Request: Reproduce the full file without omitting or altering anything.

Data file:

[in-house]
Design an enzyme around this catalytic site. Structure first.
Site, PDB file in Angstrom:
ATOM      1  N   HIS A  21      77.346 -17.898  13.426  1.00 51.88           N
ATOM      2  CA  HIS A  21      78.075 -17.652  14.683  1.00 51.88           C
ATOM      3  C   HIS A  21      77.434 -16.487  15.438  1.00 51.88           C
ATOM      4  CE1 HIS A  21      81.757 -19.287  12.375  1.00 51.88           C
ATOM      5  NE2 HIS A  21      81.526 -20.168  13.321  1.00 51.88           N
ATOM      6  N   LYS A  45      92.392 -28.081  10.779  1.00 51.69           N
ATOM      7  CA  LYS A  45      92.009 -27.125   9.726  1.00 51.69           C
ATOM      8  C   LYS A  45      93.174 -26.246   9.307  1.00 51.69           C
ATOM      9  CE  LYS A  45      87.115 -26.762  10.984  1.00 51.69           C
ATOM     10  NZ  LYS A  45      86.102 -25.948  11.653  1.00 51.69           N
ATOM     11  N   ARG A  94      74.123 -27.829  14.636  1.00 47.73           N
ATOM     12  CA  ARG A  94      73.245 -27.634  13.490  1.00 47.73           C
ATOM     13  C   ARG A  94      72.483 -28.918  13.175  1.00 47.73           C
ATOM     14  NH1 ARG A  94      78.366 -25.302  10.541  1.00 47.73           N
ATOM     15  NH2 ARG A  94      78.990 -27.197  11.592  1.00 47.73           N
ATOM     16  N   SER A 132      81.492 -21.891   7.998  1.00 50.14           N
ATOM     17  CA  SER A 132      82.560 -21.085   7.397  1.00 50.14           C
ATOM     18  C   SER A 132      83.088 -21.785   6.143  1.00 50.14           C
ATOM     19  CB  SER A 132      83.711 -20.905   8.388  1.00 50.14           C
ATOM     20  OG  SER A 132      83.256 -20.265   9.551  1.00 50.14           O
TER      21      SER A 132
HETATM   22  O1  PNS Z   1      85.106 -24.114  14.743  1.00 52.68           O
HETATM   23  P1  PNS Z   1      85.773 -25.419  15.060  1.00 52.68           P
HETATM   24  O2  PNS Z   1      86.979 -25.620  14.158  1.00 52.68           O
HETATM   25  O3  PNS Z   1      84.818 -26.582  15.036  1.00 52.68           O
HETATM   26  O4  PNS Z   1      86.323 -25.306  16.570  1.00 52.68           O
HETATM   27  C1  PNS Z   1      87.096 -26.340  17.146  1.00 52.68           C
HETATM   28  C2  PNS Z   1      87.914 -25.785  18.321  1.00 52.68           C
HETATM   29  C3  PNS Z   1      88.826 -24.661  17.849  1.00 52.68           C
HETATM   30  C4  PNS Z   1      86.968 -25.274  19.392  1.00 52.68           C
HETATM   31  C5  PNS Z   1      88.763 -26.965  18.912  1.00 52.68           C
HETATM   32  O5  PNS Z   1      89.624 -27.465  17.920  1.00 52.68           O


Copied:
[in-house]
Design an enzyme around this catalytic site. Structure first.
Site, PDB file in Angstrom:
ATOM      1  N   HIS A  21      77.346 -17.898  13.426  1.00 51.88           N
ATOM      2  CA  HIS A  21      78.075 -17.652  14.683  1.00 51.88           C
ATOM      3  C   HIS A  21      77.434 -16.487  15.438  1.00 51.88           C
ATOM      4  CE1 HIS A  21      81.757 -19.287  12.375  1.00 51.88           C
ATOM      5  NE2 HIS A  21      81.526 -20.168  13.321  1.00 51.88           N
ATOM      6  N   LYS A  45      92.392 -28.081  10.779  1.00 51.69           N
ATOM      7  CA  LYS A  45      92.009 -27.125   9.726  1.00 51.69           C
ATOM      8  C   LYS A  45      93.174 -26.246   9.307  1.00 51.69           C
ATOM      9  CE  LYS A  45      87.115 -26.762  10.984  1.00 51.69           C
ATOM     10  NZ  LYS A  45      86.102 -25.948  11.653  1.00 51.69           N
ATOM     11  N   ARG A  94      74.123 -27.829  14.636  1.00 47.73           N
ATOM     12  CA  ARG A  94      73.245 -27.634  13.490  1.00 47.73           C
ATOM     13  C   ARG A  94      72.483 -28.918  13.175  1.00 47.73           C
ATOM     14  NH1 ARG A  94      78.366 -25.302  10.541  1.00 47.73           N
ATOM     15  NH2 ARG A  94      78.990 -27.197  11.592  1.00 47.73           N
ATOM     16  N   SER A 132      81.492 -21.891   7.998  1.00 50.14           N
ATOM     17  CA  SER A 132      82.560 -21.085   7.397  1.00 50.14           C
ATOM     18  C   SER A 132      83.088 -21.785   6.143  1.00 50.14           C
ATOM     19  CB  SER A 132      83.711 -20.905   8.388  1.00 50.14           C
ATOM     20  OG  SER A 132      83.256 -20.265   9.551  1.00 50.14           O
TER      21      SER A 132
HETATM   22  O1  PNS Z   1      85.106 -24.114  14.743  1.00 52.68           O
HETATM   23  P1  PNS Z   1      85.773 -25.419  15.060  1.00 52.68           P
HETATM   24  O2  PNS Z   1      86.979 -25.620  14.158  1.00 52.68           O
HETATM   25  O3  PNS Z   1      84.818 -26.582  15.036  1.00 52.68           O
HETATM   26  O4  PNS Z   1      86.323 -25.306  16.570  1.00 52.68           O
HETATM   27  C1  PNS Z   1      87.096 -26.340  17.146  1.00 52.68           C
HETATM   28  C2  PNS Z   1      87.914 -25.785  18.321  1.00 52.68           C
HETATM   29  C3  PNS Z   1      88.826 -24.661  17.849  1.00 52.68           C
HETATM   30  C4  PNS Z   1      86.968 -25.274  19.392  1.00 52.68           C
HETATM   31  C5  PNS Z   1      88.763 -26.965  18.912  1.00 52.68           C
HETATM   32  O5  PNS Z   1      89.624 -27.465  17.920  1.00 52.68           O